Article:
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Travel Theme Baby Shower

We started our summer celebrating with one of our own {Erin & Kyle Warner} on their new little one. 


Ally and Jeri (with the help of Terri the soon-to-be grandma and mother-in-law of Erin) planned a travel themed shower to celebrate the littlest Warner arriving into the world. 


It was just a fun day helping Erin prepare for her little one. 

We’re happy to report Bennet Lincoln Warner made his arrival on 

June 30,2016 

8lbs 13oz 

22″


Welcome to the MSS family Bennett!

Venue | Winona Heritage Room 

Event Stylist & Planner | My Simole Soiree

Welcome Lauren!

We are SO excited to welcome Lauren to the MSS team! From the moment we met Lauren, we knew she was the perfect fit. MSS is not only a business but a group of best friends and really a mini family. So bringing someone new into the fold was a bit nerve racking but Lauren fell right into sync. It felt like she had been there from the beginning. 

Lauren also brings a wealth of small business knowledge. We are excited to utilize her skills for Warsaw Vendor Network, Non Profit and Corporate clients. AND to help us grow the MSS brand!

Read on to hear from Lauren more about her story and excitement about serving the clients of My Simple Soirée…

Throughout my life as a descendent of a family of entrepreneurs, I have developed an intense love for business and its continual growth and development. I love finding new ways that allow me to grow and learn in a new and exciting way while bringing my skills, experience, and expertise to the environment that I am in. There is nothing that I enjoy more than sinking my teeth into an objective and investing my time and effort in to seeing it grow successfully.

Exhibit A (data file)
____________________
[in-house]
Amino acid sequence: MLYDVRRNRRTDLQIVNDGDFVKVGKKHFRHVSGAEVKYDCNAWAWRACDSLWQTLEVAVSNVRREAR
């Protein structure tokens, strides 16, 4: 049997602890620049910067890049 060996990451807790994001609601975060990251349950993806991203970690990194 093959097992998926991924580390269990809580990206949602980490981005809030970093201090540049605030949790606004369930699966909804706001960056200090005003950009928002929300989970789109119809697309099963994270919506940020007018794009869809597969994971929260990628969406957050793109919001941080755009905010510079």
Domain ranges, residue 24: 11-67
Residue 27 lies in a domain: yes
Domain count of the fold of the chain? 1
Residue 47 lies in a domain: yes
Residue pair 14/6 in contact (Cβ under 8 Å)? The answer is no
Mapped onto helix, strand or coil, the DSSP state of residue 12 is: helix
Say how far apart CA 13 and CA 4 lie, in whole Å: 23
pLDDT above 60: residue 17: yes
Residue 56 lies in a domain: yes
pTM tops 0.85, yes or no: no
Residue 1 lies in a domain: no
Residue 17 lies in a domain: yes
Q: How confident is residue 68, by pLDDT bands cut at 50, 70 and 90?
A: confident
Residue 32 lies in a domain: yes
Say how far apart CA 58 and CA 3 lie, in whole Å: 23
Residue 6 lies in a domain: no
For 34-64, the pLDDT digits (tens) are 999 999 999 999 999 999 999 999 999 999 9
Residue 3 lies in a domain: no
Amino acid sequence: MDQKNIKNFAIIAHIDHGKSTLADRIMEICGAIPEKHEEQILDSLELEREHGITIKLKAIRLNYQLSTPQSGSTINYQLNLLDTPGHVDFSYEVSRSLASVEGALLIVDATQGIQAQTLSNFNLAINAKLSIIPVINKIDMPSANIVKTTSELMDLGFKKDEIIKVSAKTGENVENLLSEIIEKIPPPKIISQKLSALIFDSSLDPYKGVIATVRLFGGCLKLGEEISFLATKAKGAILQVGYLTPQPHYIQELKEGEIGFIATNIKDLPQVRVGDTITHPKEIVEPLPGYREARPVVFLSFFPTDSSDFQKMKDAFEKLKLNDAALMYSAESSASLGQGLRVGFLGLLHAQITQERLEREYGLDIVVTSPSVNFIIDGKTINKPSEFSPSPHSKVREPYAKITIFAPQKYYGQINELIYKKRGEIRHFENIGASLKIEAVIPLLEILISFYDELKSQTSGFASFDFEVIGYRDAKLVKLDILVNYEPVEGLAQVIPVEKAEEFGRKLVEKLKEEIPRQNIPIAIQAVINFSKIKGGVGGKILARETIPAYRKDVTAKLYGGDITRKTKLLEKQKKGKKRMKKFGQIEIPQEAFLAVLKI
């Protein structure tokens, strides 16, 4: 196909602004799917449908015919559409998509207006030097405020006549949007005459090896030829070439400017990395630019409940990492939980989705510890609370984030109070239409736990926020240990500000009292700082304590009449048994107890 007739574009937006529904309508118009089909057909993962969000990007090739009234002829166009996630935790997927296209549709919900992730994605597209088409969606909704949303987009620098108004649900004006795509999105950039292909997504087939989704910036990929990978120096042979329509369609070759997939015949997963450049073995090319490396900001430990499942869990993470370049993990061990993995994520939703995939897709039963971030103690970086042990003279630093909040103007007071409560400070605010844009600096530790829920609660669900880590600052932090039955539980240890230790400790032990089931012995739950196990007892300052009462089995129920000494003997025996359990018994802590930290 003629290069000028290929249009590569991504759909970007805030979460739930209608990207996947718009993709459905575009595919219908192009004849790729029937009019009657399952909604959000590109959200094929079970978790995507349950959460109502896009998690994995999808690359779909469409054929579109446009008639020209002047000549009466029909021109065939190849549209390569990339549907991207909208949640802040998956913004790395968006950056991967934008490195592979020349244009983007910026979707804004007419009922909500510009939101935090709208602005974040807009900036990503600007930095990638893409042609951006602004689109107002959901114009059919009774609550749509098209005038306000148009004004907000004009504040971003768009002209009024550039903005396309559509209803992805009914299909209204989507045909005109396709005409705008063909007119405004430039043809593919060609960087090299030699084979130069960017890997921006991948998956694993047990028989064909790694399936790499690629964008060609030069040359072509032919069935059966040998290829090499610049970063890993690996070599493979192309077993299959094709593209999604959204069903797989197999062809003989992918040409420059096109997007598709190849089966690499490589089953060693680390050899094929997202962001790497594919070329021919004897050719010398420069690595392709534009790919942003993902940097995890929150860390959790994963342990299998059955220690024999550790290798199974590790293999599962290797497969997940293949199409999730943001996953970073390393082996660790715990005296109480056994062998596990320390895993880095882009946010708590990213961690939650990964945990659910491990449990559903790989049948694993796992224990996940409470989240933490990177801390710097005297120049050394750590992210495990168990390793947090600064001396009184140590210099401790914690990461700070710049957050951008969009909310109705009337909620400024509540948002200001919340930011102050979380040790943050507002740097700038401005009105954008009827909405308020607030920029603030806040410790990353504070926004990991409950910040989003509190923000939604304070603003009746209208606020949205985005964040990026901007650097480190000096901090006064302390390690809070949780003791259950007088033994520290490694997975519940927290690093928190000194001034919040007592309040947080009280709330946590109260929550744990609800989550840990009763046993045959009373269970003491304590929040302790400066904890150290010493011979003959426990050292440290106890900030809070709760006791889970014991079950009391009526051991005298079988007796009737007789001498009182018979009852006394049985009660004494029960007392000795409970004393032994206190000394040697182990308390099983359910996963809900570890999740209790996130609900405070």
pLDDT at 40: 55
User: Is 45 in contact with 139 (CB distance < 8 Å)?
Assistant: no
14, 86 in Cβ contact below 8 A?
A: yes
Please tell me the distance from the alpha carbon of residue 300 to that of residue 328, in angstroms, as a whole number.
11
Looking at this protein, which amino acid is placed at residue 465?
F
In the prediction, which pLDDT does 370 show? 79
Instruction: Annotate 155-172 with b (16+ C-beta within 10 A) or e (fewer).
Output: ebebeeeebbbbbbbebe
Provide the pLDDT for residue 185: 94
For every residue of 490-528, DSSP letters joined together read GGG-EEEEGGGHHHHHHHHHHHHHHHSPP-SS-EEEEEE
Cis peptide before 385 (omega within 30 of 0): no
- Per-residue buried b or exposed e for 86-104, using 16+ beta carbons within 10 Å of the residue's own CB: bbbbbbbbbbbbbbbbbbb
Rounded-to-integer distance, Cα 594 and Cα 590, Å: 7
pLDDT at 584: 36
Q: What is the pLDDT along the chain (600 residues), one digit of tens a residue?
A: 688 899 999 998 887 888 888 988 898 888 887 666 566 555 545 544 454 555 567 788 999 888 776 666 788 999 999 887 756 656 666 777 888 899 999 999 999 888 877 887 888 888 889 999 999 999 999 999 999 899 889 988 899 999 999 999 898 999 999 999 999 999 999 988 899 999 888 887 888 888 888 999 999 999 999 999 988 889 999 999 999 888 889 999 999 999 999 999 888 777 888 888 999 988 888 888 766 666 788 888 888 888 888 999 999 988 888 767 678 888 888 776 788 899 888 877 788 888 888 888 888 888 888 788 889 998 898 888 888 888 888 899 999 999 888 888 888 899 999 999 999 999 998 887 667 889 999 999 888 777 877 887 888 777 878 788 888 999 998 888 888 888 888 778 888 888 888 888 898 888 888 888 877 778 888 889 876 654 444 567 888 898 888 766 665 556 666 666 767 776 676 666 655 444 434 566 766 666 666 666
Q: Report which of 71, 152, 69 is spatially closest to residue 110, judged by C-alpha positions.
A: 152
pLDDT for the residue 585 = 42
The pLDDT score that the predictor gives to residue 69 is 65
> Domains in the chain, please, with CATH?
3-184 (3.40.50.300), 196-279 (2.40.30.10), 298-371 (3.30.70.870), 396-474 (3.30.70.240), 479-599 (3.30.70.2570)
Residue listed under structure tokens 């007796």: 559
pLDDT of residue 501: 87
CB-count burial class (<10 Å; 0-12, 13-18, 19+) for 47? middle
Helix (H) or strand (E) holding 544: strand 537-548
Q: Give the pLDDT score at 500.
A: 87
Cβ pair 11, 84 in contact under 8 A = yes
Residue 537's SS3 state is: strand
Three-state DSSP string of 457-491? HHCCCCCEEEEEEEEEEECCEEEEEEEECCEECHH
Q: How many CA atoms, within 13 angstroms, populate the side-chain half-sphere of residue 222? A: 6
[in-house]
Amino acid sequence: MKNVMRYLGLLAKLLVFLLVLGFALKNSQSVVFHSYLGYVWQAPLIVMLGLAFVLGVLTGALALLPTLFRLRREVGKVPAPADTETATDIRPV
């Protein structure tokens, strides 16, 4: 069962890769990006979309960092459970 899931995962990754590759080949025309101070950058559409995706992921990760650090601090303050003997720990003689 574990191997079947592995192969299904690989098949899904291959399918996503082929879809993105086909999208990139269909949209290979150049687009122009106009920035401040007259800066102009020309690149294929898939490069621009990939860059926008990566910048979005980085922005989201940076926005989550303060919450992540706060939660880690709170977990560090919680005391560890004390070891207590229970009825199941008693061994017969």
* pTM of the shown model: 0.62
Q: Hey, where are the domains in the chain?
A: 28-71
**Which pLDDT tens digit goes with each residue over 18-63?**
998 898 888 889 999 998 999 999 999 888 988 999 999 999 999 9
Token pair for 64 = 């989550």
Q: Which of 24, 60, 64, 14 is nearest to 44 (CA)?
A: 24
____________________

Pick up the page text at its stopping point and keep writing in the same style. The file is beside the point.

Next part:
I graduated from Indiana Wesleyan University with a Bachelor’s degree in Biology Pre-med and after working in a hospital for a few months realized that the business and organization behind the science of Medicine is what I was more interested in. That experience led me to get by MBA. Since that time I have worked for family businesses helping grow and develop their strategy, organization, and development.

Utilizing these talents and gifts guide me through this new and exciting adventure I have embarked on with My Simple Soiree. I am so excited and honored to take part in this organization and begin to learn and grow with the incredible ladies that make it all happen.

-Lauren Martzall

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Your Role as the MOH

How to Be the Best Maid of HonorFrom the moment your friend switches her Facebook status to “Engaged” you can bet her mind starts racing with wedding thoughts! One of the first things a girl considers when planning her wedding is who will be standing next to her. In fact, I think most girls would admit they have the girls picked out long before they know which guy they will be standing next to.

Not only have we interacted with many bridal parties while coordinating weddings, but each of us has also been the Maid of Honor (and bridesmaid) for multiple weddings, not to mention having our own weddings ourselves. Here are some tips we’ve learned, both firsthand and through observation, which we want to share so that you can rock out in your role as the Maid of Honor.

ONLY say YES if you truly mean it.

Most of you will probably gloss over this because, presumably if you’re reading this post, you’ve already committed to standing up in the wedding. However, this truly is the first step you must take before you can be a good MOH.

Most women don’t understand that being asked to stand up in a wedding is just that- it’s a REQUEST. Nobody is forcing you. When you accept, you’re accepting the responsibilities that come along with it. Too often we hear members of the bridal party complaining about being in the wedding when, in reality, you said yes. It’s an honor that someone wants you to be by their side on their wedding day so if you know you simply can’t fulfill the traditional role of the Maid of Honor, be honest with your friend.

Things to think through before saying yes:

Budget- Can you reasonably cover the costs that come with the responsibility? Most girls just plan on buying a dress, but additional costs may include throwing & attending a bridal shower, bachelorette party, shower and wedding gifts, hair/makeup for the wedding day, and shoes or other accessories the bride requests you have for the big day (ie matching shirts, anyone??)